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where the shot was fired which startled the world. Are its echoes silent here? Is your admiration spent on the statue, or does it extend to the cause for which the Minuteman died ? Are the sons of your fathers indifferent to the struggles of other men for freedom? Are they content to stand silently by while their fellow citizens in this country are denied their equal rights ? Are they willing to help deprive another people of that liberty which is the birthright of all human beings ?

You meet to-day to celebrate the birth of Emerson. Why? Because he taught great truths, or uttered vain aspirations for impossible ideals? Do you celebrate dates and names with empty forms, or do you really believe in the truths which make those dates and names significant? One proof of living faith in those truths, of willingness to maintain them no matter at what personal cost, whether found in vote or speech or effective action, were worth a hundred monuments and a thousand celebrations. Is it the name or the reality which calls us together? Are we trying to win honor for ourselves by professing to believe in the plain life and high thought which Emerson taught, or do we really believe? This is the question which this occasion asks us all, and only the conduct of our lives can answer it.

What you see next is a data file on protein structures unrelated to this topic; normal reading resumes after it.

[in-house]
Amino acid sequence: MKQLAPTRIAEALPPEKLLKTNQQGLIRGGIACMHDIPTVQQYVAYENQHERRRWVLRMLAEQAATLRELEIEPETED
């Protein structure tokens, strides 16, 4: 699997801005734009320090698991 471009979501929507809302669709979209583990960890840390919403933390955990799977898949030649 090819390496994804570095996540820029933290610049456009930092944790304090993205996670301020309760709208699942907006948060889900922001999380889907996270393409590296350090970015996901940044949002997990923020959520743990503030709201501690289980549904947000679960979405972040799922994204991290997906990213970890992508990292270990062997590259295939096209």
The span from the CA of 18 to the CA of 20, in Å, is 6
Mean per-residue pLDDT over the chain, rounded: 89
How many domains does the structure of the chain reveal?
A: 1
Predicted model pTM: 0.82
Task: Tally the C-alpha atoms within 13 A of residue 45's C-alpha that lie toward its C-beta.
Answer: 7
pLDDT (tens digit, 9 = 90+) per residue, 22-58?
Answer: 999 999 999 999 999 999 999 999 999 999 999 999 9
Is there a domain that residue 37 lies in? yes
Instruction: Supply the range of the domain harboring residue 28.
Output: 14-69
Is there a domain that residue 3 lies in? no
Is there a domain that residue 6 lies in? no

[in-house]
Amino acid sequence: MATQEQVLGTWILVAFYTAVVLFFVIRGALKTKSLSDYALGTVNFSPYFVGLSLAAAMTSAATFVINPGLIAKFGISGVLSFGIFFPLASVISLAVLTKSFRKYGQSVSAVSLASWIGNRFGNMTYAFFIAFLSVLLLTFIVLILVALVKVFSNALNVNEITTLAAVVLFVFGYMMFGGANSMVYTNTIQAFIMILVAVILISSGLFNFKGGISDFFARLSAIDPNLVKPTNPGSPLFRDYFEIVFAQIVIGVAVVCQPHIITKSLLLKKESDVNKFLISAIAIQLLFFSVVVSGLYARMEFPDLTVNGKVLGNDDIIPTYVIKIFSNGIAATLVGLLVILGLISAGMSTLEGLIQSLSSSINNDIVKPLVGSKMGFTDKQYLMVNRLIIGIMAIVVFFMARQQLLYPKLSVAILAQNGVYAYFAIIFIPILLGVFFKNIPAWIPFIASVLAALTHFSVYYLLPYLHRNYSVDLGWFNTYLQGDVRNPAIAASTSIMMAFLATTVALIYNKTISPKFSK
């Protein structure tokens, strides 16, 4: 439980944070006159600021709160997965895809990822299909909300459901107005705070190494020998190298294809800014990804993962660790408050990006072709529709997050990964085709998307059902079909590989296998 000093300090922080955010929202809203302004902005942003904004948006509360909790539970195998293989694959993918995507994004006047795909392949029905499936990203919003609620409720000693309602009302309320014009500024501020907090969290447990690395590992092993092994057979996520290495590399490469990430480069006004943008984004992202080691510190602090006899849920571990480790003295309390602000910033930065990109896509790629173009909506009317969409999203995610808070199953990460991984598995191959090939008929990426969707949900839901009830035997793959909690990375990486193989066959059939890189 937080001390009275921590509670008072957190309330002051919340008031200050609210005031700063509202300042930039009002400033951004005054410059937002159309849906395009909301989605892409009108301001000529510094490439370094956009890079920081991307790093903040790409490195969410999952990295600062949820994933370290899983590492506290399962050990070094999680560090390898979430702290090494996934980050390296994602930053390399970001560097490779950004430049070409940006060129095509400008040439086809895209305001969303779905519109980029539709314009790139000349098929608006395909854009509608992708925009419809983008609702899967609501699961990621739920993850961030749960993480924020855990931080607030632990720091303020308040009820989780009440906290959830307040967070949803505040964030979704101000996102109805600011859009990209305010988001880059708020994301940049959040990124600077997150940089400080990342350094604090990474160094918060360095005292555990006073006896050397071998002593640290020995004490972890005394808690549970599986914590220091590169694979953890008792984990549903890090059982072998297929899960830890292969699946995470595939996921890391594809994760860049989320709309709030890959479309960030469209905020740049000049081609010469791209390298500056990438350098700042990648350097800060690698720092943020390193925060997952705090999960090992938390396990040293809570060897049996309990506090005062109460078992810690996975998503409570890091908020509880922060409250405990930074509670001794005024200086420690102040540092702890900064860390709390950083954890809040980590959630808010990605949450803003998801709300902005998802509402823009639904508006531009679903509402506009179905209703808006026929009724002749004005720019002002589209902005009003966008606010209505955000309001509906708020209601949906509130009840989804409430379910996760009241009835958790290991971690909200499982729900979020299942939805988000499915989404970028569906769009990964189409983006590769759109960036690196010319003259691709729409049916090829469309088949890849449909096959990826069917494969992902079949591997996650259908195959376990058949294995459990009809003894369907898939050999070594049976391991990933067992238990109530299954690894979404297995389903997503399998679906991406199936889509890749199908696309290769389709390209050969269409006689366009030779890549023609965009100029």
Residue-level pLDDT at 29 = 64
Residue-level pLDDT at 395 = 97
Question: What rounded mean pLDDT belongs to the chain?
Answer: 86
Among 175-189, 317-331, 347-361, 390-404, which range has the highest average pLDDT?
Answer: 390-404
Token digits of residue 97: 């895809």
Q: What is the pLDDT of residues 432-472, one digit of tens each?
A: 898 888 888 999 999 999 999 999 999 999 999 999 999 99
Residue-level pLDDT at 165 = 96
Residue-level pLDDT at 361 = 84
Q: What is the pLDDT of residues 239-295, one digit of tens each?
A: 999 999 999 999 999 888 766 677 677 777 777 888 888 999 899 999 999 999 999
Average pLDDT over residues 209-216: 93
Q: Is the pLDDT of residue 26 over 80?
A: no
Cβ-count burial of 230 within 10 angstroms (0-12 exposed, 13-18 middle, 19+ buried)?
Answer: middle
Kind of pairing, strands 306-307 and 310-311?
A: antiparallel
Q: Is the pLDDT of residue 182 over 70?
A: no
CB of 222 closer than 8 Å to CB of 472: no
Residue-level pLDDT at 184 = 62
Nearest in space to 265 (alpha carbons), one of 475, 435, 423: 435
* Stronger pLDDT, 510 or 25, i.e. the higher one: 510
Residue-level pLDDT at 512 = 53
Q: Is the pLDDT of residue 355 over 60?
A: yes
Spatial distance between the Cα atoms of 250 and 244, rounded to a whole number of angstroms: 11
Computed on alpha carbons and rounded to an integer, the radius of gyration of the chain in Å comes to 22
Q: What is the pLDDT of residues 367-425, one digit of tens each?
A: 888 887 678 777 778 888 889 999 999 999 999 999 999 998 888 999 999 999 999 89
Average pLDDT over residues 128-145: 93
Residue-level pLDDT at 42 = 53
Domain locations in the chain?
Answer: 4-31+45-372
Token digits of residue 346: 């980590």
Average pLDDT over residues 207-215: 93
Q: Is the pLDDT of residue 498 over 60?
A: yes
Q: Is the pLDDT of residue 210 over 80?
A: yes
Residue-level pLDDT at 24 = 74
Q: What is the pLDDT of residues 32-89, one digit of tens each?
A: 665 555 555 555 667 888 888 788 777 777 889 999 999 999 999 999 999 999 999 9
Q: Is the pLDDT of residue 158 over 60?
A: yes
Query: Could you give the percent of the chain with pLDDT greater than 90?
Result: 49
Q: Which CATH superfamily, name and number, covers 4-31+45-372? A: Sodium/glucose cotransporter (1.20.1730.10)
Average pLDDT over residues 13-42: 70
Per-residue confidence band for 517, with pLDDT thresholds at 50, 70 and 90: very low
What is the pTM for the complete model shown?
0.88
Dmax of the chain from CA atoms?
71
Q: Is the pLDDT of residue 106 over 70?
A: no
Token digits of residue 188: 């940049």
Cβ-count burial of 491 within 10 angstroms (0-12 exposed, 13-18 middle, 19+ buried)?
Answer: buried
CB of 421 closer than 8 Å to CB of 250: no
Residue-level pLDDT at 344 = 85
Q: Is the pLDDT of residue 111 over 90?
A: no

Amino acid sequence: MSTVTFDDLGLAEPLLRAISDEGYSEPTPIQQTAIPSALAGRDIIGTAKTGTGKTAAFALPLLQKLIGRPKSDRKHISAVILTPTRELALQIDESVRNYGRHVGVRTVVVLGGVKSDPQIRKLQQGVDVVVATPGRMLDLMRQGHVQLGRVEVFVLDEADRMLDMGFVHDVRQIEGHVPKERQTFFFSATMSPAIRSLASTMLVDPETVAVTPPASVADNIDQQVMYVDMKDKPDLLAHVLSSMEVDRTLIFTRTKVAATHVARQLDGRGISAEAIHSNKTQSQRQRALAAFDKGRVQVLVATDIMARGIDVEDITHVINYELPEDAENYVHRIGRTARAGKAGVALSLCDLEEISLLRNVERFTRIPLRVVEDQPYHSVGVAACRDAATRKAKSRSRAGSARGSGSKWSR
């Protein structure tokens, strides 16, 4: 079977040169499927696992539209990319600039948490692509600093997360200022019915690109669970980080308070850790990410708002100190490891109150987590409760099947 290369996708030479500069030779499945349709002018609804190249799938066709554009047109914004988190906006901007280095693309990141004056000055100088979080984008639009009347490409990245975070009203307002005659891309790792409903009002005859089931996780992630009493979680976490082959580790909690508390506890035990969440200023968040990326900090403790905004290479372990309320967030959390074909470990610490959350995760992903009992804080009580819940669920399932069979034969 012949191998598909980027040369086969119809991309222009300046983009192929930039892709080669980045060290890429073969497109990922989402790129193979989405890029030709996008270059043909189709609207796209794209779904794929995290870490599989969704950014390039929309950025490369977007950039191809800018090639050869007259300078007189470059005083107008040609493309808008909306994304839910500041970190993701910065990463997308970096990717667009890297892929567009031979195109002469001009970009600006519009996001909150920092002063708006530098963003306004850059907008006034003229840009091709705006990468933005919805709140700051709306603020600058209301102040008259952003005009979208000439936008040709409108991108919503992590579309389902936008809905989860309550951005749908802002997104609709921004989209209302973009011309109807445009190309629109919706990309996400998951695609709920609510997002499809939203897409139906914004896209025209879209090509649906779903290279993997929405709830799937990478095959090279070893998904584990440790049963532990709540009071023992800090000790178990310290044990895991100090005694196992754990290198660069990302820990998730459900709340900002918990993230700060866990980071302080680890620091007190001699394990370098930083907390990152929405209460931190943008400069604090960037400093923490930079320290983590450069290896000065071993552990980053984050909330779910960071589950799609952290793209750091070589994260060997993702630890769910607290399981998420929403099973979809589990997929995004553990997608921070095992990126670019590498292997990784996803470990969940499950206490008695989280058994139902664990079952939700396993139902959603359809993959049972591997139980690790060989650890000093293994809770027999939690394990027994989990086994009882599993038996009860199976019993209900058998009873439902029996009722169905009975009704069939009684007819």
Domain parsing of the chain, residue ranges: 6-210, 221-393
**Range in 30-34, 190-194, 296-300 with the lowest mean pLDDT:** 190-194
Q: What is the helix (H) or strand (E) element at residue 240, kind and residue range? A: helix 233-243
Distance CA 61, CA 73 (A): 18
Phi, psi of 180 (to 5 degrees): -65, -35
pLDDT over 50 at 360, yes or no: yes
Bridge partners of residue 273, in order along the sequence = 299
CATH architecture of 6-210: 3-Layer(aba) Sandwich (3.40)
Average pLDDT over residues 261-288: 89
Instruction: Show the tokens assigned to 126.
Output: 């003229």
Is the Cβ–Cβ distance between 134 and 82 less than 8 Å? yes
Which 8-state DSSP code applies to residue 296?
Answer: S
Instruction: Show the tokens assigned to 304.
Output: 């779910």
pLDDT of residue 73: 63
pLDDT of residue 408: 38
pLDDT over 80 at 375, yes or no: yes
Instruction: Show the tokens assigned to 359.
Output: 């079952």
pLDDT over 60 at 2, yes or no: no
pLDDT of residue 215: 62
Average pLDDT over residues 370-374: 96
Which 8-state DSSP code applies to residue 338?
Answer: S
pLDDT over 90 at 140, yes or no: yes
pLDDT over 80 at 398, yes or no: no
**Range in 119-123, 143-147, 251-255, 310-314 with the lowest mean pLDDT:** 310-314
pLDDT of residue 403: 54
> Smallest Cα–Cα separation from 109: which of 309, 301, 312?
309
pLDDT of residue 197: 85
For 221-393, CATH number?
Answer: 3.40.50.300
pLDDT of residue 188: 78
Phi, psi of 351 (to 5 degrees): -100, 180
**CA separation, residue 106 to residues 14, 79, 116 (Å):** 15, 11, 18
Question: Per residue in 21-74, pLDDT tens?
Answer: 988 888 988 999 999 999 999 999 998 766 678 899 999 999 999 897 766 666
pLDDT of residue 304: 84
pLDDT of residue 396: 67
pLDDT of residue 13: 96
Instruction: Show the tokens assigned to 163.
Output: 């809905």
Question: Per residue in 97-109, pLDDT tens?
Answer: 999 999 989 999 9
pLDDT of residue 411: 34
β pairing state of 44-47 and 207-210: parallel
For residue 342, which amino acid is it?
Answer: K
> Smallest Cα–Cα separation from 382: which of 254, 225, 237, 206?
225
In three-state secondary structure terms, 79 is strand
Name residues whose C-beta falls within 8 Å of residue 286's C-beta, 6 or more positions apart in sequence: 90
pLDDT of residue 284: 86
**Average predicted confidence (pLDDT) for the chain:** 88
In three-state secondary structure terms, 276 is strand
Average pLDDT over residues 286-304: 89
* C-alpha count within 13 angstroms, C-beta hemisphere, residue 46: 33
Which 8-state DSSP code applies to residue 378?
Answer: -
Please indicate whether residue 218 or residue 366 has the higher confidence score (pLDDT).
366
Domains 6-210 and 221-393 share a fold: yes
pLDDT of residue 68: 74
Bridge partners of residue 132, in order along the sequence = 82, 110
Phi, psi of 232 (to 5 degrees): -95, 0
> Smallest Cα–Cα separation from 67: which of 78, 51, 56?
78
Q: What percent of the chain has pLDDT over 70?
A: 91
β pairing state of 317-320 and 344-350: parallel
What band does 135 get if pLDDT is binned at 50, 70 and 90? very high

THE CHAIRMAN: --Your committee thought, notwithstanding the smallness of this room and the actual filling of it which you would make, that it


might be agreeable to invite — knowing they could not come - some of the distinguished foreigners who have so much admiration for Mr. Emerson and who were so friendly to him on his visit abroad. I have before me quite a package of the letters that they have sent in answer, all of them fortunately inasmuch as we have but one vacant seat in the

declining to come, and quite a number of them expressing a very high and exalted opinion both of the senders who do them this honor of inviting them, and of Mr. Emerson whom we are trying in this way to honor. However, I am not going to read these letters at this time. They will all be carefully preserved for the use and good reading of the Social Circle at some future time. The vacant seat at this table was to have been occupied by a professor of Glasgow University, which, as you know, gave Mr. Emerson a very large vote for the position the highest in the college — of Lord Provost; and although it did not elect him, fortunately for us, – as it might have taken him away more than we would have been willing, he said of it that the voices of those young men were his fairest laurels. This gentleman, Professor Smith, was sent over here by the University to bear his tribute at this or some other of the celebrations in honor of Mr. Emerson ; but he is unfortunately in a hospital in Toledo, Ohio, instead of being here. But he has sent to Mr. Hoar his tribute, and Mr. Hoar will oblige me by reading it.

1 See Appendix, page 131.

SAMUEL HOAR:- Mr. Chairman, I received this to-day just before the afternoon celebration began. The length of that celebration prevented my presenting it to the audience then.

Mr. Hoar then read the following